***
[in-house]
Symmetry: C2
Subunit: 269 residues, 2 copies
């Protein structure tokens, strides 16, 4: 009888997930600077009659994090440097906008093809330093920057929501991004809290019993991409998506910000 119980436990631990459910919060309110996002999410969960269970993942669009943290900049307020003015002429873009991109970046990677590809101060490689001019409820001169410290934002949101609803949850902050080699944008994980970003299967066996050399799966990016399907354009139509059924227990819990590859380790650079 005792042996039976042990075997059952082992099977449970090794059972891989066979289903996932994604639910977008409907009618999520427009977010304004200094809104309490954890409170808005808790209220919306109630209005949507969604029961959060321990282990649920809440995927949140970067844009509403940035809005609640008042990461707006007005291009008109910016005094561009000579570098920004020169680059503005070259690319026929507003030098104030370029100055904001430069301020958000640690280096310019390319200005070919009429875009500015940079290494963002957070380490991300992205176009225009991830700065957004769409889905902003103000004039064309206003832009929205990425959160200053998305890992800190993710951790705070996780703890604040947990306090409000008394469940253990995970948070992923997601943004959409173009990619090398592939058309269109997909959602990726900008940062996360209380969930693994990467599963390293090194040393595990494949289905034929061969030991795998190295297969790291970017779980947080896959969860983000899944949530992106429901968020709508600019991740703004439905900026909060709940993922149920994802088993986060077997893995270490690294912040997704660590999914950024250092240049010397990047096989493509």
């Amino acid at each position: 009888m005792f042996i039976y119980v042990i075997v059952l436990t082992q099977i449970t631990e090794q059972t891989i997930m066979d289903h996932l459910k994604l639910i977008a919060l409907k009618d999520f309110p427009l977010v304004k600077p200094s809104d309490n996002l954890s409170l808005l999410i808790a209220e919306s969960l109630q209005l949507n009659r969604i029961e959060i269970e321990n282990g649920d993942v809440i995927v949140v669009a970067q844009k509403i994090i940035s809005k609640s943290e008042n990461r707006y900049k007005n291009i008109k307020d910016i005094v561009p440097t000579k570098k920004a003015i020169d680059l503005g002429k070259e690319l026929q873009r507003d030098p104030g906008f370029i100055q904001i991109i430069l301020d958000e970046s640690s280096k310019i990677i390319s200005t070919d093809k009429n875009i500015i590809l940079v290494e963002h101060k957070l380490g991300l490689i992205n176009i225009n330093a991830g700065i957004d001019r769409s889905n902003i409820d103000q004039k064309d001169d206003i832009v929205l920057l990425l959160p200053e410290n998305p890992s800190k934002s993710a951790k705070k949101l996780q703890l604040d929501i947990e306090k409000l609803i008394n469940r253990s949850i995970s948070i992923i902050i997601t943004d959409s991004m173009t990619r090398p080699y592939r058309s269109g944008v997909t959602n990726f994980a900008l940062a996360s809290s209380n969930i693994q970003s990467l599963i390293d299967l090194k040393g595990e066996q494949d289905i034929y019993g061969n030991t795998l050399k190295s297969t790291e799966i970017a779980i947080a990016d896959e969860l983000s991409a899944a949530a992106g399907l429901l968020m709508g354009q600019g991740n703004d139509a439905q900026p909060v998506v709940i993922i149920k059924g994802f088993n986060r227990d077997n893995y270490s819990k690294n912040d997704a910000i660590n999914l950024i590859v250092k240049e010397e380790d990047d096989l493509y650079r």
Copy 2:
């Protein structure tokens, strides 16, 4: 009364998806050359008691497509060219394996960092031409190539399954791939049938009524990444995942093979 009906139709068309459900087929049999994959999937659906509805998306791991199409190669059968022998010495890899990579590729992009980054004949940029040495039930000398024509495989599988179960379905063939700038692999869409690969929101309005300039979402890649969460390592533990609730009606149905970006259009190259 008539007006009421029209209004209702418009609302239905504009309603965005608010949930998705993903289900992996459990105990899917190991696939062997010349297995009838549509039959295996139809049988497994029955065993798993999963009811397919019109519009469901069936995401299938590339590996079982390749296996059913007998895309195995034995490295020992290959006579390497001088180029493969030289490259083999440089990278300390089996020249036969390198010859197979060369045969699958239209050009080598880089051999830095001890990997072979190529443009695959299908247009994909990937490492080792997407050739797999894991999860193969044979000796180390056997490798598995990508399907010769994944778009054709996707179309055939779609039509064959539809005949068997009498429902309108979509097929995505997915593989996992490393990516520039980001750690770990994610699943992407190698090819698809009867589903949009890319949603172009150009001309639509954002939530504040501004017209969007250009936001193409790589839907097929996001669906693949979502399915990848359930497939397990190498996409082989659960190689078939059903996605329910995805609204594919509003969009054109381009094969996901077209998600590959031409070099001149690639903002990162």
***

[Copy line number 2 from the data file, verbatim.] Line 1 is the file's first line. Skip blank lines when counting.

Symmetry: C2